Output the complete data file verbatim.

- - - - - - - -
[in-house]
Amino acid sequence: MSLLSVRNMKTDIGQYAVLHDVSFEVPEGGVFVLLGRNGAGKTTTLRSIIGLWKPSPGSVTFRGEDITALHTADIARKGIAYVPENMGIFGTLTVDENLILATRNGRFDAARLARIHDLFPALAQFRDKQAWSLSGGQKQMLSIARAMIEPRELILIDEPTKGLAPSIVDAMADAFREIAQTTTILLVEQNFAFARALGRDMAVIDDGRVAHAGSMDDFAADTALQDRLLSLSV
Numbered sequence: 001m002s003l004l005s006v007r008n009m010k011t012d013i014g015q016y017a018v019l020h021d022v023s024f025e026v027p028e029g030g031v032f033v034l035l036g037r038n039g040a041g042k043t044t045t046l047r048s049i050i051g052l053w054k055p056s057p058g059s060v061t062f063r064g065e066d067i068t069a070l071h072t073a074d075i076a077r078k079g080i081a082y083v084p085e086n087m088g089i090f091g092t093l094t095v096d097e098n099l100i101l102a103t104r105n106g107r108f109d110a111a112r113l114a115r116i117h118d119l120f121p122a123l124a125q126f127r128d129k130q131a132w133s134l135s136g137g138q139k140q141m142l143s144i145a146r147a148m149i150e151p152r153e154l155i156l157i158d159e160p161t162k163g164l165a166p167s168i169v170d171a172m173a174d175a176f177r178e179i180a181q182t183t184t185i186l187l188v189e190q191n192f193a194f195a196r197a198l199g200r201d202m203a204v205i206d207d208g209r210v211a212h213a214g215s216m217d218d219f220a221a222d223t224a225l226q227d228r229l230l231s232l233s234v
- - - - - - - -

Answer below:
[in-house]
Amino acid sequence: MSLLSVRNMKTDIGQYAVLHDVSFEVPEGGVFVLLGRNGAGKTTTLRSIIGLWKPSPGSVTFRGEDITALHTADIARKGIAYVPENMGIFGTLTVDENLILATRNGRFDAARLARIHDLFPALAQFRDKQAWSLSGGQKQMLSIARAMIEPRELILIDEPTKGLAPSIVDAMADAFREIAQTTTILLVEQNFAFARALGRDMAVIDDGRVAHAGSMDDFAADTALQDRLLSLSV
Numbered sequence: 001m002s003l004l005s006v007r008n009m010k011t012d013i014g015q016y017a018v019l020h021d022v023s024f025e026v027p028e029g030g031v032f033v034l035l036g037r038n039g040a041g042k043t044t045t046l047r048s049i050i051g052l053w054k055p056s057p058g059s060v061t062f063r064g065e066d067i068t069a070l071h072t073a074d075i076a077r078k079g080i081a082y083v084p085e086n087m088g089i090f091g092t093l094t095v096d097e098n099l100i101l102a103t104r105n106g107r108f109d110a111a112r113l114a115r116i117h118d119l120f121p122a123l124a125q126f127r128d129k130q131a132w133s134l135s136g137g138q139k140q141m142l143s144i145a146r147a148m149i150e151p152r153e154l155i156l157i158d159e160p161t162k163g164l165a166p167s168i169v170d171a172m173a174d175a176f177r178e179i180a181q182t183t184t185i186l187l188v189e190q191n192f193a194f195a196r197a198l199g200r201d202m203a204v205i206d207d208g209r210v211a212h213a214g215s216m217d218d219f220a221a222d223t224a225l226q227d228r229l230l231s232l233s234v